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TheStreet Open House

10 Best Tricks, Worst Treats In 2012 Tech

Stocks in this article: AAPLAMZNFBGOOGSNEZNGA

Trick
Sony's (SNE) PlayStation Vita

Maybe Sony wasn't paying attention when the whole video game world screamed at Nintendo not to release a new portable game system last year. Maybe it was busy when Nintendo figured out that nobody was going to buy its 3DS handheld for $250 when they could get an iPhone for $199, forcing Nintendo to cut $80 off the price.

Maybe it just thought the PlayStation Vita was too good an opportunity to ignore. It was wrong. The Vita, billed as the hard-core gamer's handheld and released with $250 and $280 price tags, has sunk like the shiny black rock it is. By the time it was released in the U.S. in February, the Vita's sales in Japan -- arguably the market it was made for -- had fallen below those of Sony's PlayStation Portable. That console was released eight years ago when smartphones still had keypads and lacked motion control gyros.

Nothing shy of disaster followed. Nintendo's 3DS may have been questionable, but it's sold more than 21 million units worldwide since its debut, according to video game industry tracking site VGChartz. The Vita? Three million. It's still outsold on a weekly basis by Nintendo's older, cheaper Wii console, which is waiting for the new Wii U to put it out of its misery next month.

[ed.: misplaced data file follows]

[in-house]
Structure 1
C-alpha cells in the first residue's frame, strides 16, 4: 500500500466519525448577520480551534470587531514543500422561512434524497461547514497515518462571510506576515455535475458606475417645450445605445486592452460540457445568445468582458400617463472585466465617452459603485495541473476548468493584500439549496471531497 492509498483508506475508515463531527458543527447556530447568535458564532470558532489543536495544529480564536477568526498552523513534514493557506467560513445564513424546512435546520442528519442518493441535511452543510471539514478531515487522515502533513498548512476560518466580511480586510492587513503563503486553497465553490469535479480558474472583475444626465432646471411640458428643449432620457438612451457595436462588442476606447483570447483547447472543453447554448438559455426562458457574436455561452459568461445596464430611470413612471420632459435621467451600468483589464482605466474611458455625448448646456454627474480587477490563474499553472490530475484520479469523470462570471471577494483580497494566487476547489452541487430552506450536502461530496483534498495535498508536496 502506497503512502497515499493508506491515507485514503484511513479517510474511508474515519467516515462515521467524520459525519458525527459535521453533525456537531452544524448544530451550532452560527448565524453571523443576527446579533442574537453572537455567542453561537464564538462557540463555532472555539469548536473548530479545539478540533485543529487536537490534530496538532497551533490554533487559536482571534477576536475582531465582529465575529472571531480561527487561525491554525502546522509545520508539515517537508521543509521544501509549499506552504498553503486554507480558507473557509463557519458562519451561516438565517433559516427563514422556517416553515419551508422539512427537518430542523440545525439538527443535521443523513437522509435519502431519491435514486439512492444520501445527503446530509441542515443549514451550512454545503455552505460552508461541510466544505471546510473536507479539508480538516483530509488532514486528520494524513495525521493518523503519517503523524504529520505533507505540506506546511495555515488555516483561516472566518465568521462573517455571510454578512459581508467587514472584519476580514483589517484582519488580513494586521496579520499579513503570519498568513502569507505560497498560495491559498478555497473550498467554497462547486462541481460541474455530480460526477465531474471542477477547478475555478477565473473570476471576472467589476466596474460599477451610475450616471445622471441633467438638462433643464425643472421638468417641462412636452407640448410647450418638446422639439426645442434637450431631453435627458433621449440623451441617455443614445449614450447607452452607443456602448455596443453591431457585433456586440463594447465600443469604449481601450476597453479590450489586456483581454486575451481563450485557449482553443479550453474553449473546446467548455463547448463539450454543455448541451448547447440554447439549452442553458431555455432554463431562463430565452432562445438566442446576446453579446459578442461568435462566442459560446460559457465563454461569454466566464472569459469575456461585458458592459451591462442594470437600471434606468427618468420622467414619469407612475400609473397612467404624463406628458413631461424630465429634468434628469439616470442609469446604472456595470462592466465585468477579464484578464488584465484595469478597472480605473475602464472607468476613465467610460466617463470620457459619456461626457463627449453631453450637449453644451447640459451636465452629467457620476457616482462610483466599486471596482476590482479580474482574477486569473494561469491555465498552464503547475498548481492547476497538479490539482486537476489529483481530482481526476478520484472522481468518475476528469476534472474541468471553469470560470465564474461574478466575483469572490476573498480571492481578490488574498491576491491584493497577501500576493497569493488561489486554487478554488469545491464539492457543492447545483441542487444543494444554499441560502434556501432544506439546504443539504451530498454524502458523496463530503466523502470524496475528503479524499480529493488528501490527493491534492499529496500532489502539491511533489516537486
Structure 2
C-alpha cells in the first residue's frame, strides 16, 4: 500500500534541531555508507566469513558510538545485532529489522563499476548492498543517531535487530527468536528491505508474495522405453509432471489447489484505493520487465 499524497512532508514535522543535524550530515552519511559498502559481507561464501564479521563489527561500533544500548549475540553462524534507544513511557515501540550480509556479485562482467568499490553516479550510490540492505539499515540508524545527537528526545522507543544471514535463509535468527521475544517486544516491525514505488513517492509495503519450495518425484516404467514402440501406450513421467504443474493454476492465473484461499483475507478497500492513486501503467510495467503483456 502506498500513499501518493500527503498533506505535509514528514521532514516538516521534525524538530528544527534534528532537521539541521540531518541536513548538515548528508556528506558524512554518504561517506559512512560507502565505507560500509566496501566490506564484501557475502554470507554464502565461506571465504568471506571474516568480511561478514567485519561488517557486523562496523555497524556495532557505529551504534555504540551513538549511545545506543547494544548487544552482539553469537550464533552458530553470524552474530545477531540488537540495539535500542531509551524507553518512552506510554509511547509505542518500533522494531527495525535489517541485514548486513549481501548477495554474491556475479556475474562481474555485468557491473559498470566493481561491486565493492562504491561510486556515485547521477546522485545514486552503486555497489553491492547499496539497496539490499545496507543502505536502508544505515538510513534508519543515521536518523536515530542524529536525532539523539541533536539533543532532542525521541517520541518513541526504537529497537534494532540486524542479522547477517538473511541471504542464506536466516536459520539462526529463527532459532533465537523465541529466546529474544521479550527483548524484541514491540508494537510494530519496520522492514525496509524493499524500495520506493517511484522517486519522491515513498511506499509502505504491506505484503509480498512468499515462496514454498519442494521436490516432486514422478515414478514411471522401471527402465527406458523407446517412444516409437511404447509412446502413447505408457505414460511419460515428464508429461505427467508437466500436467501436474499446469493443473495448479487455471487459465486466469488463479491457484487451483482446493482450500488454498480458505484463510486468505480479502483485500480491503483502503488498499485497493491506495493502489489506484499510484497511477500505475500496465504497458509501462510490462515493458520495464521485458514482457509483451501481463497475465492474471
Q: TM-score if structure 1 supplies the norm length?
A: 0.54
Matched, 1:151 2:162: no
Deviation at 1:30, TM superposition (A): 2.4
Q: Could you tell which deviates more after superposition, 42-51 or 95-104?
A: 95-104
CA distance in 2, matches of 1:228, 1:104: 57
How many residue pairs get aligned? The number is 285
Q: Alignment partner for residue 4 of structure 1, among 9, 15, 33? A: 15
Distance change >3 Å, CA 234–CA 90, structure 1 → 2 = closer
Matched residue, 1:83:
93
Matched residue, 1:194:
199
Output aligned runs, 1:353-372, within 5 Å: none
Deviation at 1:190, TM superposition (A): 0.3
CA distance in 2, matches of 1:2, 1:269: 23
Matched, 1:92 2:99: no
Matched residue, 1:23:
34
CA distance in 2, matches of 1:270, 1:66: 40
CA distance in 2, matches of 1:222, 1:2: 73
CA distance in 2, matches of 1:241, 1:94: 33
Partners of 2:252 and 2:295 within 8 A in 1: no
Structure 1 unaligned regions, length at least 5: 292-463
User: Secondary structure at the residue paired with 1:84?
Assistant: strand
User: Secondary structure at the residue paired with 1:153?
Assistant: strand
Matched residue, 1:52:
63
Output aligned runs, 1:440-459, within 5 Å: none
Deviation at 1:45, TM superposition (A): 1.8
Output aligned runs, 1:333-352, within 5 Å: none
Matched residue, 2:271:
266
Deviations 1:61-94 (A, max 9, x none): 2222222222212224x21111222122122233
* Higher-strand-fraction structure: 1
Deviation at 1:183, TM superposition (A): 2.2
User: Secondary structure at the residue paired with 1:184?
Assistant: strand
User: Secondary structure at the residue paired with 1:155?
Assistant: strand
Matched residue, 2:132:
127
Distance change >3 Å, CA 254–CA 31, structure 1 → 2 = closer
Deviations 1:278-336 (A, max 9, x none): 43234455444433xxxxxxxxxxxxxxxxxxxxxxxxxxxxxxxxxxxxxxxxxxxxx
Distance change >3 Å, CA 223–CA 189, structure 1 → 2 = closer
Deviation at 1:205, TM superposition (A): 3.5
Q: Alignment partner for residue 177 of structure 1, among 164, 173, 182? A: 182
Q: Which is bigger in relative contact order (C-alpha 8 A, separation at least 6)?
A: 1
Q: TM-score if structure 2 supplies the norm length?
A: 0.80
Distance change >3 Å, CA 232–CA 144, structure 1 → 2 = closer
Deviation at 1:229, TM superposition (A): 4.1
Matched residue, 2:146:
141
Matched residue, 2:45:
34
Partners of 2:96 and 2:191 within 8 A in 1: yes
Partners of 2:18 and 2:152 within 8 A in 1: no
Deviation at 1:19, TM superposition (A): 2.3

How's it doing in the U.S.? It's sold fewer than 825,000 units here and finished dead last in sales last week, with roughly 9,600 units sold. By comparison, Nintendo's original DS sold 15,000 units and the once-derided 3DS sold 58,000. With Flurry Analytics noting that Nintendo's handheld market share had decreased from 78% three years ago to just 59% last year as casual gamers embraced smartphone apps and cheaper hardware, Sony just didn't seem to know how to take a hint.

Trick
Apple's Lightning adapters

One thing Apple failed to mention before introducing the iPhone 5 was that it would be switching from the 30-pin connectors it's been using for more than a decade to an eight-pin connector for this device.

Even when it did, it somehow mistakenly told iPhone 5 buyers on its U.K. site that "your phone includes a Lightning to 30-pin Adapter for connecting 30-pin accessories to devices featuring the Lightning connector." Not true at all. Apple scrubbed that reference from its site after customer service representatives started getting questions about it and clarified that iPhone 5 buyers would have to fork over $29 for an adapter or $39 for an adapter with a seven-inch cord. Oh, and those cords wouldn't ship until about a month after Apple unveiled the iPhone 5.

We understand why Apple would want a smaller connector for its incredible shrinking product line, but backwards-compatibility is no small matter in Apple World or tech in general. When you have an entire ecosytem that prides itself on never having to change peripherals like some schmuck flip-phone or PC user, it's pretty easy to see why they'd be so easily peeved by a $30 progress tax.

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